Poets Against the Wall Published my poetry

Some of my more poetical poetry has been published on Poets Against the Wall today.

for more information contact the publisher.

available on Amazon – i mislaid the link but will update once I find the link


The original Raving Press since 1998.

see my entry,

Mr. Trump Tear Down this Wall!

 RGV Cross

These Are The Poets Facing The Wall

The idea for the “Poets Facing the Wall” anthology was born right on the U.S. – Mexico border. It has been both the anti-Mexican/immigrant rhetoric and the deafening silence or apathy of most Americans including many living along the border that made the need for such a publication a must. People need to realize what this wall truly represents. At a time when border crossings are down, and many immigrants are actually going back south to their respective homes, why is the wall more needed now than when the influx was higher? Is its true purpose to stop people from coming in? Or could it be that it is meant as a symbol to cast a message broadly and clearly to the world beyond our southern border?


The Statue of Liberty stands on an island turning its eyes toward Europe with a soft demeanor, gently posed holding the torch to light the way for the weary traveler seeking refuge from the darkness of the world they have left behind. The Statue of Liberty’s torch is the light that represents the dream of a better future, where the sun shines equally upon all who look to it seeking its warmth. The statue itself is the guardian and guarantor of that promise.

According to the National Park Service’s website,

“The torch is a symbol of enlightenment. The Statue of Liberty’s torch lights the way to freedom showing us the path to Liberty. Even the Statue’s official name represents her most important symbol ‘Liberty Enlightening the World’.”

By contrast, what does a non-human-like and unnecessary barrier say when its faceless and eyeless semblance stares coldly at our neighbors in Latin America? It speaks of a greater problem than illegal immigration. It speaks of an inability to recognize that without immigration, the U.S. would have been impossible. People in our country like and respect those who “tell it like it is”. And in this case, it is a fact that our country was founded by illegal immigrants first, then legal immigration became the preferred institutionalized method of entry. But there are exceptions. Asylum seekers and refugees must be given a chance to be heard and helped. Especially, since data shows that the vast majority of all immigrants actually prop up our economy; they do not drain it.

But then the question of race comes into play. And that is the biggest obstacle to our future. Perhaps, more than anything, the wall will represent not the need for security form evildoers, but the failure to defeat false beliefs of racial superiority. This has been the greatest stain in our past. The cement holding the construction of those false beliefs must not be allowed to solidify, for like all walls that have ever been erected to divide it will not succeed. Only bridges and roads can take humanity onward toward the future. Let this anthology assist in taking a step in that direction.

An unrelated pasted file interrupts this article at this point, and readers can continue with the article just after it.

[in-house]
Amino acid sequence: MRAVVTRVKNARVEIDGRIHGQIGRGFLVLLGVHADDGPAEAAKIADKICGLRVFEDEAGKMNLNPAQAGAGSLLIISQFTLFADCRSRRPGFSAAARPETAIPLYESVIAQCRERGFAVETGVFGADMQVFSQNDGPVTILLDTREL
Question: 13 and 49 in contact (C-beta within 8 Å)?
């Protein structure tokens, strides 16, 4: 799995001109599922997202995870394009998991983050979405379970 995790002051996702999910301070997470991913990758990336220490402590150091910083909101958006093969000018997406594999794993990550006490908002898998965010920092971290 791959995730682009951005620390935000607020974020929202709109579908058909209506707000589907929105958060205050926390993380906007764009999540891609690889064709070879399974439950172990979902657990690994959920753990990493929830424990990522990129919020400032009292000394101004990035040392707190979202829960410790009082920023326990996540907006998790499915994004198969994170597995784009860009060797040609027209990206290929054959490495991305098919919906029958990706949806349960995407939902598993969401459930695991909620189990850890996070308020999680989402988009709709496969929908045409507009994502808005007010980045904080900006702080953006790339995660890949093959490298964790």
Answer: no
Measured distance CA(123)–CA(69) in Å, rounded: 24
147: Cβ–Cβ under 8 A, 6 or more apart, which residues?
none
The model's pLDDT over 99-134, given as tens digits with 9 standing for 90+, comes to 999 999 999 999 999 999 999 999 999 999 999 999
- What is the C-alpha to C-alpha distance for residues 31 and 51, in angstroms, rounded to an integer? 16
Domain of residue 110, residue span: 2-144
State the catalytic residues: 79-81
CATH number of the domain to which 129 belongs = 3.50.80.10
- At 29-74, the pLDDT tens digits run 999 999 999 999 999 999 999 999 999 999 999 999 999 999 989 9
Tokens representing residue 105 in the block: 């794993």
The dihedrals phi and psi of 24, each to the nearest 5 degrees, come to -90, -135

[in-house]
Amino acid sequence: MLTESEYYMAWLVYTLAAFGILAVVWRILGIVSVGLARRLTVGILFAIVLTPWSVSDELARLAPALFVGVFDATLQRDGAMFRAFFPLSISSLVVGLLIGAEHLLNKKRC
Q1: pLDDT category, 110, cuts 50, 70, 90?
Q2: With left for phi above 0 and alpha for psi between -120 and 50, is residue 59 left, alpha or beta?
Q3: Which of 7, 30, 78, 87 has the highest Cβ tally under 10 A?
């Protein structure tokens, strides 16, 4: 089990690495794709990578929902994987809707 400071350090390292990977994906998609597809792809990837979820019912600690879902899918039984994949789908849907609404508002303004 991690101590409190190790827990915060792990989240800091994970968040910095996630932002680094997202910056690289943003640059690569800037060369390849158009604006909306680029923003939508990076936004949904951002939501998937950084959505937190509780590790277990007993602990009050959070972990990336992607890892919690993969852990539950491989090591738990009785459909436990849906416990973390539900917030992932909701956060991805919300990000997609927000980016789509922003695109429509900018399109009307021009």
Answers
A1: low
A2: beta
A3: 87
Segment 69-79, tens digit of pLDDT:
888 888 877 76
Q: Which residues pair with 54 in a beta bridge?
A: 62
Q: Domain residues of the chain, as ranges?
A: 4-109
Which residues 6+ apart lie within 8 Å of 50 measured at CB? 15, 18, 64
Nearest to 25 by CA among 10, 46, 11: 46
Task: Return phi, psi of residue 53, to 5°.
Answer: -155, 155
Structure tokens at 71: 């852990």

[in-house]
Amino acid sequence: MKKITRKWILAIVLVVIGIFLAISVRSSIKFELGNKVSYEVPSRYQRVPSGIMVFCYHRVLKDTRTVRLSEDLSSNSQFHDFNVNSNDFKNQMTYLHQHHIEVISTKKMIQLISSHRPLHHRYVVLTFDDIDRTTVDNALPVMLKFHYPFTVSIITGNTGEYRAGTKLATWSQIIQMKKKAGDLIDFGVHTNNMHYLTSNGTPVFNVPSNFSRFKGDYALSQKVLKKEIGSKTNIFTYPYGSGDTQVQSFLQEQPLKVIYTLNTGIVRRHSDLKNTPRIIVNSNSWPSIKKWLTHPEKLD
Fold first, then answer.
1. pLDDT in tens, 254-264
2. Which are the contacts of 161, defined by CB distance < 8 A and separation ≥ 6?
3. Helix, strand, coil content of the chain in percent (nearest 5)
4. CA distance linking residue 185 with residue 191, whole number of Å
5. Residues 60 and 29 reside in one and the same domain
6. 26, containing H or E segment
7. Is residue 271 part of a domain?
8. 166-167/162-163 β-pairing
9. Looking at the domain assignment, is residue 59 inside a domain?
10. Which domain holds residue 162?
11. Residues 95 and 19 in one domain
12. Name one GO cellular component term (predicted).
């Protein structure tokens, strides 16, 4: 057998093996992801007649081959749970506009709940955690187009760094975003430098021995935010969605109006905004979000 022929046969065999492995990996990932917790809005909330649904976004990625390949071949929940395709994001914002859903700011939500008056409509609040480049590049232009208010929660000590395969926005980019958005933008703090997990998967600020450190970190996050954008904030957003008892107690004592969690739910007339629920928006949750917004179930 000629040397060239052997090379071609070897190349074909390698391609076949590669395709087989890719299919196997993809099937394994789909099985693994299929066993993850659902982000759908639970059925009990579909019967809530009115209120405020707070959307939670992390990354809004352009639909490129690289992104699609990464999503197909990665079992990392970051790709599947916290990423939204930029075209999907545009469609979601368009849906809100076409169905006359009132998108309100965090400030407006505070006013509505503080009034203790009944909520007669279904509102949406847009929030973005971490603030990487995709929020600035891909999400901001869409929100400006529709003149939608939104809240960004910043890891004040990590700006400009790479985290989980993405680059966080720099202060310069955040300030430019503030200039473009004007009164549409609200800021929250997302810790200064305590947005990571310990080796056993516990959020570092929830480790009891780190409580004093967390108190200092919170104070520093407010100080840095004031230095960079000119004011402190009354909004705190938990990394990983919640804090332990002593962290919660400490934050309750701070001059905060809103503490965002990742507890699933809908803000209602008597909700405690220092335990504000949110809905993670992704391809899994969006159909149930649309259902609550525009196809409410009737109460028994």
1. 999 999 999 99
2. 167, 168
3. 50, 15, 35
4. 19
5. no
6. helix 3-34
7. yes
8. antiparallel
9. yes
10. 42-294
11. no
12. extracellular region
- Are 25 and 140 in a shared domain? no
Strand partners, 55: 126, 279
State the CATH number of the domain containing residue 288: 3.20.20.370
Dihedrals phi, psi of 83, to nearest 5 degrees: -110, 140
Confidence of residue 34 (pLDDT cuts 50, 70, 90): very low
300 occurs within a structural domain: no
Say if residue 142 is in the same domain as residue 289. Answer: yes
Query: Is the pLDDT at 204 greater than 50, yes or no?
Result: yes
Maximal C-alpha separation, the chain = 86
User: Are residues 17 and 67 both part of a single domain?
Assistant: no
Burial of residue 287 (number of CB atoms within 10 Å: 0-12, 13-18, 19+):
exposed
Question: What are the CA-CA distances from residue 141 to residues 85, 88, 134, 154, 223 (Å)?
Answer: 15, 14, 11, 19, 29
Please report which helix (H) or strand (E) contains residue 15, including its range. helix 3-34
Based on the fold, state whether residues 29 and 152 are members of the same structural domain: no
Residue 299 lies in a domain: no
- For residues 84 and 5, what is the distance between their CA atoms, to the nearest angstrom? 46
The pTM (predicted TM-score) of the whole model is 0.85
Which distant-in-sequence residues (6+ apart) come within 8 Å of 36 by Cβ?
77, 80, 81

Below is the list of accepted works and their authors. (Not in order of appearance in the final publication.)
An Inheritance of Fear
By Jill Evans

As We Forgive Those
By Roger Sippl

Ave Blanca
Seres Jaime Magaña

Blue Again
By C. R. Resetarits

(Traditional 12 Bar Blues Song)
by Laurie Jurs

Construction of First Border Wall Segment to Begin
in a South Texas Wildlife Refuge
By Kristin Barendsen

by Catherine Lee

My Exit
By Richard Nester

-The Greatest, Most Beautiful Soliloquy EVER!
-Ten Commandments Updated
By Rick Blum

Guardian of the Mountains
By Michael Garrigan

-I Am Chicano
-You Make the Call
By Sammy Ybarra

Liberty and the Pursuit of Happiness
By Miranda Rocha
Myopia of belonging
By Sunayna Pal

Northward Bound
By Ana Maria Fores Tamayo

-Nuestros niños
-Tinta negra
By Xanath Carraza

Oh, Say Can You See
By Wendy Baron

On Day 1, We Will Begin Working
By Natalie D-Napoleon

-Wide Open
-The Fool’s Game
-Blurred Vision
By Teri Garcia-Ruiz

-ok | walk on the way
-yr assignment spend a day here along
By Steven Alvarez

-Blood, Sweat and Tears
By Vanessa Caraveo

By Sharon Lundy

by Sheena Pillai Singh

-Song for America XXIII (the nation’s anthem)
-Song for America XXV
-Song for America XXVIII (for Marvin Gaye)
By Fernando Esteban Flores

-De este lado del muro
-Rima infantil
By Gabriel González Núñez

Ten Feet Higher
By Richard King Perkins II

The Promised Wall
By Kimmy Alan

-This Just In
By Sandra Anfang

-more harm than good
By Linda M. Crate

-Walls Divide Us
-Mr. Trump Tear Down This Wall
By John “Jake” Cosmos Aller

Walking Around
By John M. Bellinger

“A, Homeboy”
by Johnny Barboza

-The Wall
-Lament for Emma Lazarus
-Ghost Wall
By Robbi Nester

We are Sisters!
By Patty York Raymond

-What I Need Now
-In Concert
By Dorothy Baird

-The Travel North
-Keep my dream Alive
By Jose Rafael Castilleja

By Jude Brigley

by Octavio Quintanilla

Thanks to all of the poets who submitted their work for evaluation. The accepted submissions are of great significance and literary quality. The poems along with the introduction by Enclave Magazine’s founder and editor, Hector Luis Alamo, make this anthology one of the most important and well-crafted we have put together. I am proud to have my name associated with this project. It should become required reading for public schools, colleges, and universities. We are looking to a late October or early November publication. We will announce an official publishing date in less than two weeks.

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